I also agree that we need more unity. But I cannot be supportive of the Shirk and Bid'ah being practiced by the Shi'a which breech at least 5 commands of Allah and his messenger that I can think of off the top of my head. For Muslims to unite and progress, we need to clean up our Aqeedah, individually, a begin building the Ummah from the pure, sincere, proper worship of our Lord. That is the way Islam was build by the Rasoolullah, and after the Muslims left these principles, time and time again, the Muslims suffered. So may the Shi'a return to the correct practice of Al-Islam, and may we all taste the Love of Allah and His Victory. Ameen
Here, then, are a few random thoughts. In most DEMOCRATIC nations, appointments to the national court systems are generally made for life. Thereafter, the "justices" are for the most part no longer subject to the political process, in other words, not subject to the whims of politicians and their constituents.
Also, national courts typically have the ability to rule on the "legality" of policies established by other branches of government. Therefore, a nation's submission to Allah might be something assured by a nation's court system. While I don't know all that much about the Shia system, it does seem like the Shiite "clerics" might be fairly well suited for judicial responsibilities - Insha'Allah.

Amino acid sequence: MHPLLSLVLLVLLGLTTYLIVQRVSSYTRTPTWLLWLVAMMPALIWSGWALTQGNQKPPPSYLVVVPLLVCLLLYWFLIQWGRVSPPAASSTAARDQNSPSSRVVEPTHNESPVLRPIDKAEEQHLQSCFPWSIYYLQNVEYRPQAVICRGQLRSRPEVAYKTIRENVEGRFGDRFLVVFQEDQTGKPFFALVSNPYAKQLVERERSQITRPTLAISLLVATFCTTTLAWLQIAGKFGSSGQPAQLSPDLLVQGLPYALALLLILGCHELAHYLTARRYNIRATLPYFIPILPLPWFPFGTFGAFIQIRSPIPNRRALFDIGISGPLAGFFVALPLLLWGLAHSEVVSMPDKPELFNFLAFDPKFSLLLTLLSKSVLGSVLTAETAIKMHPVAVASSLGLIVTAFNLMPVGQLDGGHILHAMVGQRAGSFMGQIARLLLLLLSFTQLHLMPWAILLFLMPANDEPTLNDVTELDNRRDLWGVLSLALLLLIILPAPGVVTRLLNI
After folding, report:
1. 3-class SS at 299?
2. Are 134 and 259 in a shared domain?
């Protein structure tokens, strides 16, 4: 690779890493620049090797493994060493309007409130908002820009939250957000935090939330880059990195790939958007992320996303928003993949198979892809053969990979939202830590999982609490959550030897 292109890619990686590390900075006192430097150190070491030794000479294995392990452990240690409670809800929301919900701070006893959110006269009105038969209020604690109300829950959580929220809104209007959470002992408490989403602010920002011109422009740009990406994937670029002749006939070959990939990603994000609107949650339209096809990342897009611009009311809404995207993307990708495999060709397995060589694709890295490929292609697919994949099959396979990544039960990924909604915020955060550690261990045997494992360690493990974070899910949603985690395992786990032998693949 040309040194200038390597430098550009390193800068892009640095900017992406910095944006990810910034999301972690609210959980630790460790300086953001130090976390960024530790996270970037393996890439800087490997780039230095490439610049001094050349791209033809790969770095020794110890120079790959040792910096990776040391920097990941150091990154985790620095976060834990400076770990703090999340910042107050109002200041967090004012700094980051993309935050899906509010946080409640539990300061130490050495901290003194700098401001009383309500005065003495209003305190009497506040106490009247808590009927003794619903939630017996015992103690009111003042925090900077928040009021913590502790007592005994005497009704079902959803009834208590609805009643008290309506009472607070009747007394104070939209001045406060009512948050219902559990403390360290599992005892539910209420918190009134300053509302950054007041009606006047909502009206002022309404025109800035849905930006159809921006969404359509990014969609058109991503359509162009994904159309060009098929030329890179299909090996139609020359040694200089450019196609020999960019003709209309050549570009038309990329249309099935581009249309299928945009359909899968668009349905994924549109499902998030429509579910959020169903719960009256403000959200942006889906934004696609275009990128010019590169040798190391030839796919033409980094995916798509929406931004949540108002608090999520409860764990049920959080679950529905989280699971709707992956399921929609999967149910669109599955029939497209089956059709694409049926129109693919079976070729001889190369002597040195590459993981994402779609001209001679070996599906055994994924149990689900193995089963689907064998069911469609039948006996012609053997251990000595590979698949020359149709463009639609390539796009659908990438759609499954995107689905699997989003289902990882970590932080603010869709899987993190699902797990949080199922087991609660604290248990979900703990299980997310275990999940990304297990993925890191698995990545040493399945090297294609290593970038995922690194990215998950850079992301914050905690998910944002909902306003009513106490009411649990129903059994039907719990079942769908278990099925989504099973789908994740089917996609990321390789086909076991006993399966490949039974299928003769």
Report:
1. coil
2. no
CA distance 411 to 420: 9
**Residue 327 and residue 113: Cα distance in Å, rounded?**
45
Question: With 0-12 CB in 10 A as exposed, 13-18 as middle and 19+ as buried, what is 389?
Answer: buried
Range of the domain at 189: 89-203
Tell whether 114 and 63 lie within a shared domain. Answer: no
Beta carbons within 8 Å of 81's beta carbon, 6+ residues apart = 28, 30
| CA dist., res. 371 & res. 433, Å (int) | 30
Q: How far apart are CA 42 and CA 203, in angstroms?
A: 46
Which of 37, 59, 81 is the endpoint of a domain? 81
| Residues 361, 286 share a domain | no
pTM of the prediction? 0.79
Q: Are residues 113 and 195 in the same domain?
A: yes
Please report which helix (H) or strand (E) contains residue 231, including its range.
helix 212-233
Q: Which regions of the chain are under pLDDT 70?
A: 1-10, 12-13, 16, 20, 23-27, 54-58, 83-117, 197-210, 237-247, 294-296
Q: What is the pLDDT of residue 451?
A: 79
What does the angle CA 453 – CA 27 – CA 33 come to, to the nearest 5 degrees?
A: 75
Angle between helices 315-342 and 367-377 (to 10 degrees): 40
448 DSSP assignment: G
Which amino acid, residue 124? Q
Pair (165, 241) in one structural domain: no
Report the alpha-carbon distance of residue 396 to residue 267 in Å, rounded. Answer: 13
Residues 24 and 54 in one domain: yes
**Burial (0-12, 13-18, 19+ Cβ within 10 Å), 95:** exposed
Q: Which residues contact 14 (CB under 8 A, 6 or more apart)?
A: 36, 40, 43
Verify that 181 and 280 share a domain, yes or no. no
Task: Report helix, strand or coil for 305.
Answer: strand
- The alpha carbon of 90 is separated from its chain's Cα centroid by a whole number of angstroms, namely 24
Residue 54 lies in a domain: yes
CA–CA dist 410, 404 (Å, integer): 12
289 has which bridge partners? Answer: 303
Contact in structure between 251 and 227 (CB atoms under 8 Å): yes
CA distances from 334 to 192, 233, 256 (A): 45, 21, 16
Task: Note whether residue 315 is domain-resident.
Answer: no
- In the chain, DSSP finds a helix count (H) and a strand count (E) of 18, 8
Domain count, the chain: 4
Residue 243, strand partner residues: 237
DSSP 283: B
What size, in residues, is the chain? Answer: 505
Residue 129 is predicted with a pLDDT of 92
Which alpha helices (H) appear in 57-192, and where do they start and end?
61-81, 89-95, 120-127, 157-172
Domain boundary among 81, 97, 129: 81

As Salaamu Alaikum.
Please note that the U.S. Constitution is typically printed in the form of a booklet. It is actually less detailed than some of the booklets on Islam. Why could someone not adapt a booklet that describes Islamic rule, by making sure the text sounds formal and including the word "Constitution" in the title?
Perhaps renaming the work "Islamic Rule For Dummies (Peace Be Upon Them)" might even help to promote its use among non-Muslims - for "team-building" throughout the Middle East and elsewhere. Insha'Allah.
As Salaamu Alaikum.